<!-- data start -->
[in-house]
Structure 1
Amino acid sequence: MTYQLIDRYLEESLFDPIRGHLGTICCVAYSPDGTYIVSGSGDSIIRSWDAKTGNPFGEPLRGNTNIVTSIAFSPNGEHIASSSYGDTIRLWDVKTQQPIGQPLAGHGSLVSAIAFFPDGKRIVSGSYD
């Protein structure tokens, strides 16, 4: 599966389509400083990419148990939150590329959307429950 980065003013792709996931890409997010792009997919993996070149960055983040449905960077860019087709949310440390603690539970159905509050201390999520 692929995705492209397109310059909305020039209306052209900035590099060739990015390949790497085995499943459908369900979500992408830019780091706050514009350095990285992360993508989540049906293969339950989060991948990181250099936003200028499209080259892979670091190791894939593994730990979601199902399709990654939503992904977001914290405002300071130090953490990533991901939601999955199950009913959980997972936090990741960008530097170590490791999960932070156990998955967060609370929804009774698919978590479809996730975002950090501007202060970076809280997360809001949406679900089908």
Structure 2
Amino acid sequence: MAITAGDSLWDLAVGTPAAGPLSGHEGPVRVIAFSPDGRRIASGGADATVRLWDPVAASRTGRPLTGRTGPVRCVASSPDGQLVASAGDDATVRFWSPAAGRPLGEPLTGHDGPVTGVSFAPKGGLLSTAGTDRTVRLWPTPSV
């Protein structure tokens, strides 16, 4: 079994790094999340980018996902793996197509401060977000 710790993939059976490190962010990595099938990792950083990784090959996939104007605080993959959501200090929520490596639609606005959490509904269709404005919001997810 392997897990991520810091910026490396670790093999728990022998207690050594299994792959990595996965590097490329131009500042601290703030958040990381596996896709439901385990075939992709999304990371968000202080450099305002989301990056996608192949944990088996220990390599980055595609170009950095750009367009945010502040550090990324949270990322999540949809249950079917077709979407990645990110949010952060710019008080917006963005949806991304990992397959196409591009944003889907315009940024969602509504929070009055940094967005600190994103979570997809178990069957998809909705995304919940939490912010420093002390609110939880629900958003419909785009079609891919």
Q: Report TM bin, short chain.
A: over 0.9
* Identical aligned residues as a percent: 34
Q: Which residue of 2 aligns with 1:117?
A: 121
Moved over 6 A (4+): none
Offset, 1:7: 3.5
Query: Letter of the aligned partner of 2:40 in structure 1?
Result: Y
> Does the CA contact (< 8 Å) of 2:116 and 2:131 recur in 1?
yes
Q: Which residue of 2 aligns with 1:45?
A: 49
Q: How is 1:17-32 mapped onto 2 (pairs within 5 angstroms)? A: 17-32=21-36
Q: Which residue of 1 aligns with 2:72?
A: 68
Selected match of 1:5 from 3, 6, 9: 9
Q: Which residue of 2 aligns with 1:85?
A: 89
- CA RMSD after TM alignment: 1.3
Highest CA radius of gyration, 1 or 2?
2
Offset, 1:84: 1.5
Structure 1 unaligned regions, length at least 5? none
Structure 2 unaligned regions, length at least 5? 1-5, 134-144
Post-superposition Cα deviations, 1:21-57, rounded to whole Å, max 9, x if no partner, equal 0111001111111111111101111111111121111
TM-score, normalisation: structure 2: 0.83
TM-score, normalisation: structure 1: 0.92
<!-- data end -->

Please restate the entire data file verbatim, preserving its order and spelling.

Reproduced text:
[in-house]
Structure 1
Amino acid sequence: MTYQLIDRYLEESLFDPIRGHLGTICCVAYSPDGTYIVSGSGDSIIRSWDAKTGNPFGEPLRGNTNIVTSIAFSPNGEHIASSSYGDTIRLWDVKTQQPIGQPLAGHGSLVSAIAFFPDGKRIVSGSYD
């Protein structure tokens, strides 16, 4: 599966389509400083990419148990939150590329959307429950 980065003013792709996931890409997010792009997919993996070149960055983040449905960077860019087709949310440390603690539970159905509050201390999520 692929995705492209397109310059909305020039209306052209900035590099060739990015390949790497085995499943459908369900979500992408830019780091706050514009350095990285992360993508989540049906293969339950989060991948990181250099936003200028499209080259892979670091190791894939593994730990979601199902399709990654939503992904977001914290405002300071130090953490990533991901939601999955199950009913959980997972936090990741960008530097170590490791999960932070156990998955967060609370929804009774698919978590479809996730975002950090501007202060970076809280997360809001949406679900089908």
Structure 2
Amino acid sequence: MAITAGDSLWDLAVGTPAAGPLSGHEGPVRVIAFSPDGRRIASGGADATVRLWDPVAASRTGRPLTGRTGPVRCVASSPDGQLVASAGDDATVRFWSPAAGRPLGEPLTGHDGPVTGVSFAPKGGLLSTAGTDRTVRLWPTPSV
């Protein structure tokens, strides 16, 4: 079994790094999340980018996902793996197509401060977000 710790993939059976490190962010990595099938990792950083990784090959996939104007605080993959959501200090929520490596639609606005959490509904269709404005919001997810 392997897990991520810091910026490396670790093999728990022998207690050594299994792959990595996965590097490329131009500042601290703030958040990381596996896709439901385990075939992709999304990371968000202080450099305002989301990056996608192949944990088996220990390599980055595609170009950095750009367009945010502040550090990324949270990322999540949809249950079917077709979407990645990110949010952060710019008080917006963005949806991304990992397959196409591009944003889907315009940024969602509504929070009055940094967005600190994103979570997809178990069957998809909705995304919940939490912010420093002390609110939880629900958003419909785009079609891919």
Q: Report TM bin, short chain.
A: over 0.9
* Identical aligned residues as a percent: 34
Q: Which residue of 2 aligns with 1:117?
A: 121
Moved over 6 A (4+): none
Offset, 1:7: 3.5
Query: Letter of the aligned partner of 2:40 in structure 1?
Result: Y
> Does the CA contact (< 8 Å) of 2:116 and 2:131 recur in 1?
yes
Q: Which residue of 2 aligns with 1:45?
A: 49
Q: How is 1:17-32 mapped onto 2 (pairs within 5 angstroms)? A: 17-32=21-36
Q: Which residue of 1 aligns with 2:72?
A: 68
Selected match of 1:5 from 3, 6, 9: 9
Q: Which residue of 2 aligns with 1:85?
A: 89
- CA RMSD after TM alignment: 1.3
Highest CA radius of gyration, 1 or 2?
2
Offset, 1:84: 1.5
Structure 1 unaligned regions, length at least 5? none
Structure 2 unaligned regions, length at least 5? 1-5, 134-144
Post-superposition Cα deviations, 1:21-57, rounded to whole Å, max 9, x if no partner, equal 0111001111111111111101111111111121111
TM-score, normalisation: structure 2: 0.83
TM-score, normalisation: structure 1: 0.92